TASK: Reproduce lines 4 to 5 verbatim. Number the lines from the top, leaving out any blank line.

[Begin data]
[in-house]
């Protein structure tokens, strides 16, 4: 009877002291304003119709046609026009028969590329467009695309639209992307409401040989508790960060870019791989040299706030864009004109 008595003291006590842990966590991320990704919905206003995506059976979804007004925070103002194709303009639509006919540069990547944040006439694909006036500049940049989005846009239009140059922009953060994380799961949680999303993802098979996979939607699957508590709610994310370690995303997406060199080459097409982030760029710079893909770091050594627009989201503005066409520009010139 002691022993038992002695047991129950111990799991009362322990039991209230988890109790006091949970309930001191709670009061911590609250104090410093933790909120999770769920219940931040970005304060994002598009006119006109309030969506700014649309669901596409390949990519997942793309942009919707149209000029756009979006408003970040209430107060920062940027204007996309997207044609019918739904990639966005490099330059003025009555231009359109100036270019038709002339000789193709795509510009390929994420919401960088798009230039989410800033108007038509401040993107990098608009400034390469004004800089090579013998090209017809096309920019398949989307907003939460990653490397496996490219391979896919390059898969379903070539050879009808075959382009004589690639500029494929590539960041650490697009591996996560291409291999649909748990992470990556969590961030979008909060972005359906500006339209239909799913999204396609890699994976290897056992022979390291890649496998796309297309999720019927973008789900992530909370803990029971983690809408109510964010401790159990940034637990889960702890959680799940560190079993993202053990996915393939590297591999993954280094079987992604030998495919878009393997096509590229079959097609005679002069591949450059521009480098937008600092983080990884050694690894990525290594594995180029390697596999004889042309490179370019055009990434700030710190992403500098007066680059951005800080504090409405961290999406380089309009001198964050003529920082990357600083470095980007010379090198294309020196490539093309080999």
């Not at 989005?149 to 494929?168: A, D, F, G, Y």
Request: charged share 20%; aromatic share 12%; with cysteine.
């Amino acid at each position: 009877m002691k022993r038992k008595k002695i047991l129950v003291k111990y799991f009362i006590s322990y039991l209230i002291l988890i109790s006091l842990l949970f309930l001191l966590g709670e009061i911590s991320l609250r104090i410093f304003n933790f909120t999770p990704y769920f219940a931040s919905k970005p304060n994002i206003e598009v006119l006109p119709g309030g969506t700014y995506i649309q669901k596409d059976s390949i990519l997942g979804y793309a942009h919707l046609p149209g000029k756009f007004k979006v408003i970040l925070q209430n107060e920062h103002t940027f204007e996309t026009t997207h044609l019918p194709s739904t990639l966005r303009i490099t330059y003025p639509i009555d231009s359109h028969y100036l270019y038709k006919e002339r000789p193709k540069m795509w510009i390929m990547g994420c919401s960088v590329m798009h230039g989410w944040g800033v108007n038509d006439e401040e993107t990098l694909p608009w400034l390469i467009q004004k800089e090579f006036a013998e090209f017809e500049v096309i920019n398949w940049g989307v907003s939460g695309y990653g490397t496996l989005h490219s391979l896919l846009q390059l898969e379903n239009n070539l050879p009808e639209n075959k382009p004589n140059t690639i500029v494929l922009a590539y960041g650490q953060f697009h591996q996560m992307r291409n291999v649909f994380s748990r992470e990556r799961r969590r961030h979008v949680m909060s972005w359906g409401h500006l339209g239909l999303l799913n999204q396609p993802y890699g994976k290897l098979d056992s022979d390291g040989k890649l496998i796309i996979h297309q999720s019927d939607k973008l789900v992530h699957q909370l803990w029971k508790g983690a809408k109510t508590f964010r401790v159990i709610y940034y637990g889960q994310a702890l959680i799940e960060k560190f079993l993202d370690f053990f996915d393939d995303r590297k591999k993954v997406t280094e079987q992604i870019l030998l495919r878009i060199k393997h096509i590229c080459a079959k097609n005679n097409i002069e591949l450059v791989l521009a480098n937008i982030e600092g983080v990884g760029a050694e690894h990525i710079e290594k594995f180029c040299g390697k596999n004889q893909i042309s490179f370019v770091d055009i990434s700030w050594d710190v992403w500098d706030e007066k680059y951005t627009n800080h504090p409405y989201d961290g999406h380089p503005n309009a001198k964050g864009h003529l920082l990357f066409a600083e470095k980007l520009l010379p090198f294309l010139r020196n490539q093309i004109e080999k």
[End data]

Request: charged share 20%; aromatic share 12%; with cysteine.
């Amino acid at each position: 009877m002691k022993r038992k008595k002695i047991l129950v003291k111990y799991f009362i006590s322990y039991l209230i002291l988890i109790s006091l842990l949970f309930l001191l966590g709670e009061i911590s991320l609250r104090i410093f304003n933790f909120t999770p990704y769920f219940a931040s919905k970005p304060n994002i206003e598009v006119l006109p119709g309030g969506t700014y995506i649309q669901k596409d059976s390949i990519l997942g979804y793309a942009h919707l046609p149209g000029k756009f007004k979006v408003i970040l925070q209430n107060e920062h103002t940027f204007e996309t026009t997207h044609l019918p194709s739904t990639l966005r303009i490099t330059y003025p639509i009555d231009s359109h028969y100036l270019y038709k006919e002339r000789p193709k540069m795509w510009i390929m990547g994420c919401s960088v590329m798009h230039g989410w944040g800033v108007n038509d006439e401040e993107t990098l694909p608009w400034l390469i467009q004004k800089e090579f006036a013998e090209f017809e500049v096309i920019n398949w940049g989307v907003s939460g695309y990653g490397t496996l989005h490219s391979l896919l846009q390059l898969e379903n239009n070539l050879p009808e639209n075959k382009p004589n140059t690639i500029v494929l922009a590539y960041g650490q953060f697009h591996q996560m992307r291409n291999v649909f994380s748990r992470e990556r799961r969590r961030h979008v949680m909060s972005w359906g409401h500006l339209g239909l999303l799913n999204q396609p993802y890699g994976k290897l098979d056992s022979d390291g040989k890649l496998i796309i996979h297309q999720s019927d939607k973008l789900v992530h699957q909370l803990w029971k508790g983690a809408k109510t508590f964010r401790v159990i709610y940034y637990g889960q994310a702890l959680i799940e960060k560190f079993l993202d370690f053990f996915d393939d995303r590297k591999k993954v997406t280094e079987q992604i870019l030998l495919r878009i060199k393997h096509i590229c080459a079959k097609n005679n097409i002069e591949l450059v791989l521009a480098n937008i982030e600092g983080v990884g760029a050694e690894h990525i710079e290594k594995f180029c040299g390697k596999n004889q893909i042309s490179f370019v770091d055009i990434s700030w050594d710190v992403w500098d706030e007066k680059y951005t627009n800080h504090p409405y989201d961290g999406h380089p503005n309009a001198k964050g864009h003529l920082l990357f066409a600083e470095k980007l520009l010379p090198f294309l010139r020196n490539q093309i004109e080999k």